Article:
This is a guest post from one of our customers, Aaron, Director of Support Systems at CageData. He’s talking about making alerts actionable and why that’s important.
In the world of IT Operations, there is no escaping the Dreaded On-Call. Someone has to keep a look out at night to make sure the business continues to run and we’re not all going to get a nasty surprise come the morning.
Fortunately, we don’t have to manually keep an eye on everything as we have applications and daemons that can watch for problems and send us notifications when something is wrong. The problem is that the computer programs are only as discretional as they’re programmed to be. This causes the major stressor of on-call: False Positives.
Nothing is worse than having your phone wake you up multiple times at night just to tell you something that either doesn’t matter or can’t be fixed until morning anyway. The way I’ve found to be most effective in reducing these alerts is to reduce what I’m alerting about.
Before creating an alert condition, I mentally cycle through a number of questions to see whether the alert will be meaningful and useful…
Does it matter?
First and foremost, do I even care about this information? If a server alert comes in and it makes no difference to you, you shouldn’t be receiving it. For example, we had a default set of alerts that we applied to every new server. But we’ve got a couple of Test servers out there that really weren’t running anything in production and were being touched and monitored manually for performance. Getting that alert at midnight that disk I/O had been high for 5 minutes, really didn’t matter to us. We were going to look at this the next day anyway, and we just don’t really care about performance issues on these machines. This should not be waking up your on-call tech.
Can I do anything about it?
Even if I do care about the problem, is there anything I can do about it? This has more to do with who is getting an alert than whether or not it should be submitted. If Jeff The Helpdesk Tech can’t fix Super Important Business Server when it’s processes lock up, he should not be the one getting the alerts for Super Important Business Server. All that does is make him cranky. Make sure the right techs are getting the right alerts.
Can this wait/Is this just informational?
Even if this is an issue that matters and I can do something about it, do I need to know about it in the middle of the night and act on it immediately?
There are two types of alerts that really should not be getting to your On-Call technicians: Informational and Low Priority.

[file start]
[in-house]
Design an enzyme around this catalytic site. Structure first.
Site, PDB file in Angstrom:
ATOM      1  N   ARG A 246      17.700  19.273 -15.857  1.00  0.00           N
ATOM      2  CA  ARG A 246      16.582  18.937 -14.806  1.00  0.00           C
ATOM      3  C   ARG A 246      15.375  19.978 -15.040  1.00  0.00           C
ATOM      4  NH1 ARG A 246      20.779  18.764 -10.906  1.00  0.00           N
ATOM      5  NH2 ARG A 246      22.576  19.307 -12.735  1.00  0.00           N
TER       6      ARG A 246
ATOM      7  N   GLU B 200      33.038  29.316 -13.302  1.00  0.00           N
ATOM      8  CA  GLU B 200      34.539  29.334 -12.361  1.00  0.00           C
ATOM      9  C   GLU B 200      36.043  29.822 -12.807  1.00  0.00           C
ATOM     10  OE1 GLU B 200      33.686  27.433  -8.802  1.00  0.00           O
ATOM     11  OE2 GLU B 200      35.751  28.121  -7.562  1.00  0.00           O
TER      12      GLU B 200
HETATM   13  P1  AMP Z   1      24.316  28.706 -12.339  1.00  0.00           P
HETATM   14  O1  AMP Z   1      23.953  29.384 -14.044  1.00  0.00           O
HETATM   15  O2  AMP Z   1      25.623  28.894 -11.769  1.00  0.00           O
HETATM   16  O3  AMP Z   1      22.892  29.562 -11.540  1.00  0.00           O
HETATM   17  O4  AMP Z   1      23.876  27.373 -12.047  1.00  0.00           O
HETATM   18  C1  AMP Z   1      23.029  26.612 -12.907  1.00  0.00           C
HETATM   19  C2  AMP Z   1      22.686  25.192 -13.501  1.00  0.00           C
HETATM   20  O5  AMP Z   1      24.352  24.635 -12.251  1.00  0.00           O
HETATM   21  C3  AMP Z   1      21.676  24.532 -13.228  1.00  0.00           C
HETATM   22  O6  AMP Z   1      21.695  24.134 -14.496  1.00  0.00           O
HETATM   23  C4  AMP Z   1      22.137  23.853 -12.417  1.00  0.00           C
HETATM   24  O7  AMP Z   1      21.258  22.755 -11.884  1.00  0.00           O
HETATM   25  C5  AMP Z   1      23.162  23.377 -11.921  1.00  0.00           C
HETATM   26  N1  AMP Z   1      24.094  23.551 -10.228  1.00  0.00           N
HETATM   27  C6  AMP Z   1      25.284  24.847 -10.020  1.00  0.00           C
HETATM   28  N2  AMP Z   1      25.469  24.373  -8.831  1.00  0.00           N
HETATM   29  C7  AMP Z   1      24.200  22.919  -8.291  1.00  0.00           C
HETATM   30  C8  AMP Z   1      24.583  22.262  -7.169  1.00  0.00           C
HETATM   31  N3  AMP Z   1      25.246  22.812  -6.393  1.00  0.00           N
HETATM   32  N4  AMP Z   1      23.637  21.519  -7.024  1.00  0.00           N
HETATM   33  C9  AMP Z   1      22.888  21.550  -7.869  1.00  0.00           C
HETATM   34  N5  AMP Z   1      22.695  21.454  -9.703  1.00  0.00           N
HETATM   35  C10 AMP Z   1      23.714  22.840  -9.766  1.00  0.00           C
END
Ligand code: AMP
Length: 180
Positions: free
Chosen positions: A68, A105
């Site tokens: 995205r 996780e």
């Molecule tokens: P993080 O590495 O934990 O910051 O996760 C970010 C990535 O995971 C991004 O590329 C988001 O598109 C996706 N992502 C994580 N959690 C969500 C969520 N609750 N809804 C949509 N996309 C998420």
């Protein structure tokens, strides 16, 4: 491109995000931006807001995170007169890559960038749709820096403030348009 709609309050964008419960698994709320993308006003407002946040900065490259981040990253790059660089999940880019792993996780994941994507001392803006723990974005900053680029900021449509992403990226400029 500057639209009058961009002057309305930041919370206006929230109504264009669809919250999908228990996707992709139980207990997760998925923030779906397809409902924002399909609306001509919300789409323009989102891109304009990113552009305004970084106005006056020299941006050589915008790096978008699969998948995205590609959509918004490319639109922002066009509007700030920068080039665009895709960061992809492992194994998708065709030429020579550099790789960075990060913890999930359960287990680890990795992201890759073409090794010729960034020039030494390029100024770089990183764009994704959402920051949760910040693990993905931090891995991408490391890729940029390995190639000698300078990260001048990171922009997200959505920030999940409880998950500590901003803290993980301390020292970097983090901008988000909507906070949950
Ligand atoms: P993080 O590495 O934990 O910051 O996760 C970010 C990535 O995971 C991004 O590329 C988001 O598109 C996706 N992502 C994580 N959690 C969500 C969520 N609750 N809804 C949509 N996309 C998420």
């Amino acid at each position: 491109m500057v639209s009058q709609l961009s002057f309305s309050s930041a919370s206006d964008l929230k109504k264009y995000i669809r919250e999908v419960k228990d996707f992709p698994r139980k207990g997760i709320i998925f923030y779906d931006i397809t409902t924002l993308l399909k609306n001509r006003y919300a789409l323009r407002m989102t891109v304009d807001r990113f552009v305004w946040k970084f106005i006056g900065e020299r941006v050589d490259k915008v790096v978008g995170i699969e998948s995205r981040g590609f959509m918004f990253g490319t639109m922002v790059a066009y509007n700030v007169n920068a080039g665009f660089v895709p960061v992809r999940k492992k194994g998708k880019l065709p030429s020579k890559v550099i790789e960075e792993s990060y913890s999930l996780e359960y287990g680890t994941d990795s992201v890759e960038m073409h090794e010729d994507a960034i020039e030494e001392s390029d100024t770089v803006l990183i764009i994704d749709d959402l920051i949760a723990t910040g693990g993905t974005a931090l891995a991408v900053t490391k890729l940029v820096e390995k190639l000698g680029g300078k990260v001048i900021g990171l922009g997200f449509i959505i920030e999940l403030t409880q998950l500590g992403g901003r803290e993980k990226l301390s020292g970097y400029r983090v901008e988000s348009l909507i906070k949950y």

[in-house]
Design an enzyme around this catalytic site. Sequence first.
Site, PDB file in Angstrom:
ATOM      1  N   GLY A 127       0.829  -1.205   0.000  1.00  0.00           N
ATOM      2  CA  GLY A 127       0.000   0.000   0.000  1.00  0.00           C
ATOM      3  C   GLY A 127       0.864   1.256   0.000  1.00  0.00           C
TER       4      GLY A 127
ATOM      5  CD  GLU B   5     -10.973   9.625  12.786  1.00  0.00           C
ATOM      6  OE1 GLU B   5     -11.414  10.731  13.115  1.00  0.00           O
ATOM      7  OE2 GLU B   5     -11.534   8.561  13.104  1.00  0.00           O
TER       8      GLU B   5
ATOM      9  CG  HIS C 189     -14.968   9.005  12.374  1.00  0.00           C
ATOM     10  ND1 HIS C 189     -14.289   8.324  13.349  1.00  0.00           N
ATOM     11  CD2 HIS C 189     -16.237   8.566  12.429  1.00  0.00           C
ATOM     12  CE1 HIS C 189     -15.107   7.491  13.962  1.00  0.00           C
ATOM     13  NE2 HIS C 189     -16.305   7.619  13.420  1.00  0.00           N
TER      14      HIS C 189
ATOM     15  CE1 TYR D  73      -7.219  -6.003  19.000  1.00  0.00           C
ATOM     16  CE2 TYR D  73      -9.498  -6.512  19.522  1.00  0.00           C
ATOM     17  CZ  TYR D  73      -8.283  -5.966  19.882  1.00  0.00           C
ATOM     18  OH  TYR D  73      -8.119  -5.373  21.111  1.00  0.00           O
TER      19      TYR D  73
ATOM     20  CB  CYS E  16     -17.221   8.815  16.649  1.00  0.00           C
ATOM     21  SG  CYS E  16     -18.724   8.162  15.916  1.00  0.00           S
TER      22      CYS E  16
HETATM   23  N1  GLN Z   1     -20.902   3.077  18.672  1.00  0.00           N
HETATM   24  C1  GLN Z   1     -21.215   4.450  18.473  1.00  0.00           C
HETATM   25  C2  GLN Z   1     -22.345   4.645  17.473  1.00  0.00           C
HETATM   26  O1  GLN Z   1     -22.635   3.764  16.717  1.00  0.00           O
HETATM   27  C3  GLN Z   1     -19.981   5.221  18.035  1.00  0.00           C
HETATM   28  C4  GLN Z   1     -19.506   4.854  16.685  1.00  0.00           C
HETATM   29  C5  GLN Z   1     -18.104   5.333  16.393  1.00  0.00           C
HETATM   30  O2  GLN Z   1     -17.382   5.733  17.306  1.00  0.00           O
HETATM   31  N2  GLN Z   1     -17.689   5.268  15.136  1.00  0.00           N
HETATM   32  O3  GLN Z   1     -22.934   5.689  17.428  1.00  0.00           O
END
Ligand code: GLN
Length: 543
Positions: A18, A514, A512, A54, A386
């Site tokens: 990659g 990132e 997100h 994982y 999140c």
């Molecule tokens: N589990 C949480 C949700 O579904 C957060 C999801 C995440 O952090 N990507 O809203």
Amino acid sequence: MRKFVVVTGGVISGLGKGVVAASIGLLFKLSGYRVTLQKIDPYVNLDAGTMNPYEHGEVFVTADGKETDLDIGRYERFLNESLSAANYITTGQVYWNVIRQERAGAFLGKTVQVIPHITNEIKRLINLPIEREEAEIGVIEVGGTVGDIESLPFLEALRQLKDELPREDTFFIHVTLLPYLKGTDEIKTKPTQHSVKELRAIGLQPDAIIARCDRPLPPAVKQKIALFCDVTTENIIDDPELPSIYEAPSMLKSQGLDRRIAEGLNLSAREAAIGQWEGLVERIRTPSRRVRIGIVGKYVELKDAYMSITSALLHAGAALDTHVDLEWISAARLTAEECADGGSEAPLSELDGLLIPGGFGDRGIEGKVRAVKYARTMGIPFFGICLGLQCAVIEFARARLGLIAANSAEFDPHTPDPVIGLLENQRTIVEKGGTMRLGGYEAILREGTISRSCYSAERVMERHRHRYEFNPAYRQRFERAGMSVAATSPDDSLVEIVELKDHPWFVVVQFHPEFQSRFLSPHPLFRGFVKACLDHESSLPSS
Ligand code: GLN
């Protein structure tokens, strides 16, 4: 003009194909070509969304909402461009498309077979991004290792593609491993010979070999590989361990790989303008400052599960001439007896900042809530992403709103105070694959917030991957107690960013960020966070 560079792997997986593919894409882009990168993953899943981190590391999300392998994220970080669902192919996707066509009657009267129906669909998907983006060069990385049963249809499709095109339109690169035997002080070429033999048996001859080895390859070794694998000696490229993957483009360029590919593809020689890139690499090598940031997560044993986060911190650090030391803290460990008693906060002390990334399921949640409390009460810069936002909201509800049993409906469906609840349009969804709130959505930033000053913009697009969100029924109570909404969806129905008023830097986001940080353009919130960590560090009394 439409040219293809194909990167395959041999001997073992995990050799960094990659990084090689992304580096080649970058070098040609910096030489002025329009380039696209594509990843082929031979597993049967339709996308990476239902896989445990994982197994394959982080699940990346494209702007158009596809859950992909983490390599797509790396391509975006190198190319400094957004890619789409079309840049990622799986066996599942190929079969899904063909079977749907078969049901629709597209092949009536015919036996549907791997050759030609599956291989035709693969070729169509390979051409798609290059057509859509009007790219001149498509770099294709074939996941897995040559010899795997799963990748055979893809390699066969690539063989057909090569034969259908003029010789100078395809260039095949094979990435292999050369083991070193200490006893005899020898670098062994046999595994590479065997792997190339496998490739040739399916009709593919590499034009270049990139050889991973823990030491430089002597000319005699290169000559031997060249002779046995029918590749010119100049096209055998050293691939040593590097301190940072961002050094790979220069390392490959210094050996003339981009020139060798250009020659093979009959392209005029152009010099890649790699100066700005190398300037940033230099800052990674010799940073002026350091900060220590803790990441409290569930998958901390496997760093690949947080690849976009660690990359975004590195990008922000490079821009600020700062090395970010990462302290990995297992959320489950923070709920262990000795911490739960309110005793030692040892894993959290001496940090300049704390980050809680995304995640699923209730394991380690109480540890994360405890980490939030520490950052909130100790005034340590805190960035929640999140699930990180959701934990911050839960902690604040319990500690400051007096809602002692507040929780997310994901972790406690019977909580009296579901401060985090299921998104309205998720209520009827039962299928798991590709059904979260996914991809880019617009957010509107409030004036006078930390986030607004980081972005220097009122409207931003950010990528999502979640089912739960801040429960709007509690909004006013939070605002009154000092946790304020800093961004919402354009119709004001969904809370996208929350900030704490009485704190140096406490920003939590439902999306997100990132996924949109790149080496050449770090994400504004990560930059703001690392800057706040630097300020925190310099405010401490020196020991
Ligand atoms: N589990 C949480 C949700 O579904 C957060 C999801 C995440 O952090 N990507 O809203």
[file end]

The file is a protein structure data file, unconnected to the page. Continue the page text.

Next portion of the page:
If this is something you just “want to know” even if you can’t fix it, this is Informational. This should not be waking anyone up or going through your on-call alerting system. There should be another alert path that just logs this information to be read at a later date.
If this is something that can “wait ’til later” it’s a low priority alert. These types of alerts should notify your standard help desk through normal methods rather than ping out to your On-Call alerting system. It’ll let you know there’s a problem during regular business hours, but it won’t wake you in a panic because your Hard Drive will be full in a week. I don’t need to fix that now, I need to fix it within the week. For now, I can sleep and think about it more clearly in the morning.
Can this be automated?
Finally, can you make an alert be turned into something self-healing? If, for instance, every time you get a High Memory Usage alert, you check on a known leaky application and reboot its daemon, maybe it’s possible we can create a process that is automatically kicked off when an alert would be. It’s possible you still want to know about this occurring, but this becomes informational now and can be logged instead of acted on. Your DevOps team can continue to get rest and work on how to fix the bug rather than spending all their time and energy babysitting a misbehaving process.
There are probably a dozen other really good questions you could ask before determining whether or not an alert is a good alert, but the rule of thumb is: If the on-call tech receives the alert, can he take action?
If the answer is “No” then he doesn’t need to receive the alert. It sucks to have to go to work late at night to fix problems, but it sucks way more to have to wake up and do nothing except acknowledge an alert.